Bank of America to raise minimum wage to $20 per hour

Bank of America on Tuesday, April 9 announced plans to raise the base pay for employees to $20 per hour over a two-year period. The first increase will go into effect May 1, 2019 and bump the minimum wage to $17 per hour.

In recent years, Bank of America has reduced its presence in Delaware, but it still employs 6,400 employees within the state. The bank did not disclose the number of employees who would be impacted by the raise.

The median pay for bank tellers is $13.52 per hour, according to 2017 data from the U.S. Bureau of Labor Statistics. There are about half a million bank tellers employed in the retail banking sector.

A 2015 report by the National Employment Law Project found that 30.4 percent of the 1.7 million people working in retail banking make less than $15 per hour — though the recent nationwide push for higher wages has likely tilted the numbers.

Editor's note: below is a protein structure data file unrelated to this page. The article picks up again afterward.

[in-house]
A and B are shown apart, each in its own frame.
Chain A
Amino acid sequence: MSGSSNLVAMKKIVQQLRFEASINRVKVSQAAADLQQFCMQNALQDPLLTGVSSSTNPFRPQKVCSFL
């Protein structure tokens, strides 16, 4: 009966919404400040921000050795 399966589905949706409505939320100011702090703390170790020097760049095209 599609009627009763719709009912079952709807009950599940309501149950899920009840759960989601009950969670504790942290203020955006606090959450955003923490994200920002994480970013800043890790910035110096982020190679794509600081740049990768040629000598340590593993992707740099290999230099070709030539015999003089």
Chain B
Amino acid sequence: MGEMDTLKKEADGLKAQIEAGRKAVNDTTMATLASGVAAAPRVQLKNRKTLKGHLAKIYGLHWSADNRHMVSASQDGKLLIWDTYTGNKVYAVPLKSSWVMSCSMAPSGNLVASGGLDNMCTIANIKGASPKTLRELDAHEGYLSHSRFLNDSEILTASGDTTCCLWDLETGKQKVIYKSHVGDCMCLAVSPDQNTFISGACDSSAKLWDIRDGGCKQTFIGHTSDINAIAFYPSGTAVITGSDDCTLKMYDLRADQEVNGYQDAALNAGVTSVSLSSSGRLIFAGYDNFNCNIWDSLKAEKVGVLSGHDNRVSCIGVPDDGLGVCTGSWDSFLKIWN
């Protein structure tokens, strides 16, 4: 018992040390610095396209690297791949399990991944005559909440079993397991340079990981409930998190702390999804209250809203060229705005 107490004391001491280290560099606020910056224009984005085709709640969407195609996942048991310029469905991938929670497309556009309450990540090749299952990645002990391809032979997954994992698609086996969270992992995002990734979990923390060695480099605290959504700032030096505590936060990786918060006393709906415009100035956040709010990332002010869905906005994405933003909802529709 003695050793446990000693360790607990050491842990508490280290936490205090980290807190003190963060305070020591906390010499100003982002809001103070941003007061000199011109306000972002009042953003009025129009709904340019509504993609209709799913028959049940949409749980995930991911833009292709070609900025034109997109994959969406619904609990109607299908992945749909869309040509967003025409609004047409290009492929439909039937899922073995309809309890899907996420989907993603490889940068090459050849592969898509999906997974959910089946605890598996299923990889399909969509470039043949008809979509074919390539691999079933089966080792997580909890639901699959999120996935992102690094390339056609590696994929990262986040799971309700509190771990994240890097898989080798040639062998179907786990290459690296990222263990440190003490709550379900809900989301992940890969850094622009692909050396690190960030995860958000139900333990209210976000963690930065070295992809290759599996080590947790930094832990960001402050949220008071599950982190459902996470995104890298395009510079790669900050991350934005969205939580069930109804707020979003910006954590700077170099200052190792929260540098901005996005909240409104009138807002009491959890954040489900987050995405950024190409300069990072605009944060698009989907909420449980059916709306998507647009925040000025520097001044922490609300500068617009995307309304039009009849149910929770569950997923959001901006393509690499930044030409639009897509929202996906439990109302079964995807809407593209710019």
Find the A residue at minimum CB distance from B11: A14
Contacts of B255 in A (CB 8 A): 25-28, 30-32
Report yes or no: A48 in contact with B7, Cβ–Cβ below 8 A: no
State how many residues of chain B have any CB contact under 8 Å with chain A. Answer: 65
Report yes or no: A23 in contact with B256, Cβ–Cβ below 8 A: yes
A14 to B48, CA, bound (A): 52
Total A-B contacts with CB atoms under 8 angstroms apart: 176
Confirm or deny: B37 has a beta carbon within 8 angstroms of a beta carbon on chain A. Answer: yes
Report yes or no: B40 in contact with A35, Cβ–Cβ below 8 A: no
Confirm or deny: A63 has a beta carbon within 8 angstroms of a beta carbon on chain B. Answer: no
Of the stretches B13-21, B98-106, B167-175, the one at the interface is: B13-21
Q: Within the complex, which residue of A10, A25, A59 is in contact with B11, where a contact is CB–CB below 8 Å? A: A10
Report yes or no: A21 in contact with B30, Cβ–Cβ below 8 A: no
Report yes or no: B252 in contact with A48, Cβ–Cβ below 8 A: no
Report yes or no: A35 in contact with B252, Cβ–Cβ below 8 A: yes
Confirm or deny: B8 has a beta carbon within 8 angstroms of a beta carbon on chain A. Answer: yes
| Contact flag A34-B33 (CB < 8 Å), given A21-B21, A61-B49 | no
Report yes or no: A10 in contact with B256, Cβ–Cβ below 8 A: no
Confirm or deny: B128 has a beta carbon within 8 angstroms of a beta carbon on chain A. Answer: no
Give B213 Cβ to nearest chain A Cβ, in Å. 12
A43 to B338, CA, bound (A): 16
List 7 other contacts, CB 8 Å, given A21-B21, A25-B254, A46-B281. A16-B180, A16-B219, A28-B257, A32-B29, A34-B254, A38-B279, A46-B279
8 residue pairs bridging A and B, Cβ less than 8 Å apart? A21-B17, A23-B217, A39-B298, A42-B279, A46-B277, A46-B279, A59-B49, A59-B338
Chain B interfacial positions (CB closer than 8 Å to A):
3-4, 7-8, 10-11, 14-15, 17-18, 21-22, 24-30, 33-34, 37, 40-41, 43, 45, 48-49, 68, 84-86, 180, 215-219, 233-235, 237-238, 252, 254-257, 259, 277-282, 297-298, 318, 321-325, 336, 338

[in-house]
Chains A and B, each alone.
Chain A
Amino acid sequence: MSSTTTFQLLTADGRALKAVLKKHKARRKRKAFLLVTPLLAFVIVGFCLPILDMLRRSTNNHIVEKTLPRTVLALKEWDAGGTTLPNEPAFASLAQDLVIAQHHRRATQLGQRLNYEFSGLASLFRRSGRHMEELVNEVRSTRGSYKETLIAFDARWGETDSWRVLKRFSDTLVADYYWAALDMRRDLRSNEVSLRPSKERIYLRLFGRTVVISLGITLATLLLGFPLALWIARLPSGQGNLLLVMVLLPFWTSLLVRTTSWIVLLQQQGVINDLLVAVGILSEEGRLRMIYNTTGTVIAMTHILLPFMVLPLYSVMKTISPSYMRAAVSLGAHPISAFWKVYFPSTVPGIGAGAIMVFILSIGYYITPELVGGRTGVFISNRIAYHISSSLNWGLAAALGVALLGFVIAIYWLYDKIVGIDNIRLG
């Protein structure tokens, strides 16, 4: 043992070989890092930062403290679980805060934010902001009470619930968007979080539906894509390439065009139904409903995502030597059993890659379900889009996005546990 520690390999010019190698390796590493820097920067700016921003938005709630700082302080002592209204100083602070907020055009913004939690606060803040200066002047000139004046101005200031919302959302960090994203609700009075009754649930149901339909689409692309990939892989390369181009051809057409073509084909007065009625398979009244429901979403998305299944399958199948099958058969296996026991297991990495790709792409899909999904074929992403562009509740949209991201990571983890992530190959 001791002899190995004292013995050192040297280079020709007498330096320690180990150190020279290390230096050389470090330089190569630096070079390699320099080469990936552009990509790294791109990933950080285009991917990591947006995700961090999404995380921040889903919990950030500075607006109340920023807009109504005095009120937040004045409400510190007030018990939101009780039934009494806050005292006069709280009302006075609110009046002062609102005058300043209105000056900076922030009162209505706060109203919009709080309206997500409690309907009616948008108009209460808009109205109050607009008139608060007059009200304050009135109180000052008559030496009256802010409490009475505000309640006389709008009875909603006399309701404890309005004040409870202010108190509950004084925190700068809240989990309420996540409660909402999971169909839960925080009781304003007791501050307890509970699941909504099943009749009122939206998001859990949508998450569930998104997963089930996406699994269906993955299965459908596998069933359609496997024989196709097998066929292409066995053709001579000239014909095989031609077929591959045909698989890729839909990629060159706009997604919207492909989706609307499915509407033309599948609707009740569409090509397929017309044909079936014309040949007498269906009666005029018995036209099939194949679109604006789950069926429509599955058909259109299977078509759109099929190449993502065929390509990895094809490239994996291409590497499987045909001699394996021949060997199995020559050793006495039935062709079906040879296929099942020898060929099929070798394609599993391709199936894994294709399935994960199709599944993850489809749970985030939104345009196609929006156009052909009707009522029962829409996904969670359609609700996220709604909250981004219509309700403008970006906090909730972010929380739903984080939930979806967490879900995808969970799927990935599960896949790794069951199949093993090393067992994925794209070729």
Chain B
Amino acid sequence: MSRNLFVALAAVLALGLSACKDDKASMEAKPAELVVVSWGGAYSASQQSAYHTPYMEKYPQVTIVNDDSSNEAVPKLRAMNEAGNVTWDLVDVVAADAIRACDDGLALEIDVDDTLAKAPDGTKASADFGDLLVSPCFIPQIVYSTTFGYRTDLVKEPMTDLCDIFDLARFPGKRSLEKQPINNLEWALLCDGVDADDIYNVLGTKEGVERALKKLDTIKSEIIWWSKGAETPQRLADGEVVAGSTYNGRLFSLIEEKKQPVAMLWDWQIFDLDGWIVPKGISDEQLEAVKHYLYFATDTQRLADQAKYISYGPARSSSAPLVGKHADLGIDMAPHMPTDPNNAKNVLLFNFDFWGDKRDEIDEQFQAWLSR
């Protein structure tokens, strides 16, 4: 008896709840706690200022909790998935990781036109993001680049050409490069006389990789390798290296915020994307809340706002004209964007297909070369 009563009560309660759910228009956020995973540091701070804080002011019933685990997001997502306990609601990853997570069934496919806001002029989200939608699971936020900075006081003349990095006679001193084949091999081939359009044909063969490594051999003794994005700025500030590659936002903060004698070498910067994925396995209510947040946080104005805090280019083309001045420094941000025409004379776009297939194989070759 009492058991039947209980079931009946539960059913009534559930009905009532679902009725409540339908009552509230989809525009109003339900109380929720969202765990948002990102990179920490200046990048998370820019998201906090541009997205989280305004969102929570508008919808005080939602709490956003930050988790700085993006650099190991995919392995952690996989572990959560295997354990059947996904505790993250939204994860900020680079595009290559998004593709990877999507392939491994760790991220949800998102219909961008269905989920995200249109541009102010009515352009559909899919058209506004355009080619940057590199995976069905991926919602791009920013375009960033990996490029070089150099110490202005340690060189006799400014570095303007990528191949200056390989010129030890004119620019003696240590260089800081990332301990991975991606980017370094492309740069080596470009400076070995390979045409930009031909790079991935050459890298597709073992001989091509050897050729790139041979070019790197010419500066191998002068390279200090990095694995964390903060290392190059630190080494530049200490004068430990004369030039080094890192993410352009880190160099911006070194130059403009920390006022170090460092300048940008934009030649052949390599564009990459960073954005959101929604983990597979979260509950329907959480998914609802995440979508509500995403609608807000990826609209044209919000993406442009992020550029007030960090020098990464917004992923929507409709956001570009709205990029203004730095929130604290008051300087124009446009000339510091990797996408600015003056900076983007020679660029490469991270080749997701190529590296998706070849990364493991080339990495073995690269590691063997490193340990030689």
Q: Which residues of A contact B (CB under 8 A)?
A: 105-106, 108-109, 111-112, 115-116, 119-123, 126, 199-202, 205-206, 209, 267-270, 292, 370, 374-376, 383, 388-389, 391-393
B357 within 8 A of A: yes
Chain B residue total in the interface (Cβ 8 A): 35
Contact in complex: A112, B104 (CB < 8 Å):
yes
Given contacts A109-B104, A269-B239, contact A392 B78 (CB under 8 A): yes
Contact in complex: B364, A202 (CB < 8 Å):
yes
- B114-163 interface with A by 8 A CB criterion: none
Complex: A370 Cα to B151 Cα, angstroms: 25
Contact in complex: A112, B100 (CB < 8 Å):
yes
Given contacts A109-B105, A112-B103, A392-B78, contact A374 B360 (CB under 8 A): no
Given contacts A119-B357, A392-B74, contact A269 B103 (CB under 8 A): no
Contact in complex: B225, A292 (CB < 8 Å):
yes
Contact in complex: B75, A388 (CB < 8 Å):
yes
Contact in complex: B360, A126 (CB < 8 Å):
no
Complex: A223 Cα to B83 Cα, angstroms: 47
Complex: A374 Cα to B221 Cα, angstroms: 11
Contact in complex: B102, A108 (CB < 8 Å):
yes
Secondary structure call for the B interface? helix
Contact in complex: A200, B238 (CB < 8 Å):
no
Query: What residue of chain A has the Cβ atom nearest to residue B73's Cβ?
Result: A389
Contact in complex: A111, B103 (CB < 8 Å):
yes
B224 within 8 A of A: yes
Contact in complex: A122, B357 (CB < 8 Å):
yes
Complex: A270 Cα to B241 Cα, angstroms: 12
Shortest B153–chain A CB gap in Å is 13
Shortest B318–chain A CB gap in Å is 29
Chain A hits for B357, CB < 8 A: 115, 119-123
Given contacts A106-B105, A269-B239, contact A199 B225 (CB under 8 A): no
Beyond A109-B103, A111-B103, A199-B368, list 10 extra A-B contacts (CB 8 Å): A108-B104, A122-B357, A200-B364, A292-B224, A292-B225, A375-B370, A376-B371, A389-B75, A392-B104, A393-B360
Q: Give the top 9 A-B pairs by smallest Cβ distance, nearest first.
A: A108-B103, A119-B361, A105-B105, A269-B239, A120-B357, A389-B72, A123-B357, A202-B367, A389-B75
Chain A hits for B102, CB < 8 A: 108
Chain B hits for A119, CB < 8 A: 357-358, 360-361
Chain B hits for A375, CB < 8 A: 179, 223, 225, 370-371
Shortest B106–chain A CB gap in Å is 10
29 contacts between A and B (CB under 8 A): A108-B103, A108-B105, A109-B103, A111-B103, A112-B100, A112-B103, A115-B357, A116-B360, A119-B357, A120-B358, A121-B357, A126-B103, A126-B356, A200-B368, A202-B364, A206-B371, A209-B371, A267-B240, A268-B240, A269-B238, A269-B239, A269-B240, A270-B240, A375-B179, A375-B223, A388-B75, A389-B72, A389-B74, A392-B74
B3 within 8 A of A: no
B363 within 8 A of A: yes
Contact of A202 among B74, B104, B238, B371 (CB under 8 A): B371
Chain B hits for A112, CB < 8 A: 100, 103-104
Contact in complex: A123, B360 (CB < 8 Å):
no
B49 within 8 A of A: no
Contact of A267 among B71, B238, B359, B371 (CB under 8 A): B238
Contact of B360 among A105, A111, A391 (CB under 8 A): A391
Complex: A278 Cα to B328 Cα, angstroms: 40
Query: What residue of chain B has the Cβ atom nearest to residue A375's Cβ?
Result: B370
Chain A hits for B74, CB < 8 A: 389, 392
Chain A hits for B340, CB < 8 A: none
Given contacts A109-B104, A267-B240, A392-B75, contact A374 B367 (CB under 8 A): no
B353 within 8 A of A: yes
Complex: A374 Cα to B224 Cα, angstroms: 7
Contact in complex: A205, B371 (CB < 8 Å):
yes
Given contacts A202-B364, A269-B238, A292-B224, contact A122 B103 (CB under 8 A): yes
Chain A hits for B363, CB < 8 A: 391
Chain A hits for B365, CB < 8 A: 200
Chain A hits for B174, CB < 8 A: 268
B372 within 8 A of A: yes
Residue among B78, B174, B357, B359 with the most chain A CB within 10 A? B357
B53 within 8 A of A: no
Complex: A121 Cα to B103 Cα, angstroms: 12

Indeed, Bank of America’s announcement follows a series of high-profile companies raising their base pay, including Christiana Care and competitor J.P. Morgan.

“We are raising our minimum wage because we believe that to best serve our customers and clients, we need the best teams,” said Sheri Bronstein, chief human resources officer at Bank of America. “Saying thank you, celebrating great work, and sharing our success further demonstrate our commitment to being a great place to work.”

Since 2010, Bank of America’s minimum wage has increased by more than $4 per hour. Two years ago, the company raised it to $15 per hour.

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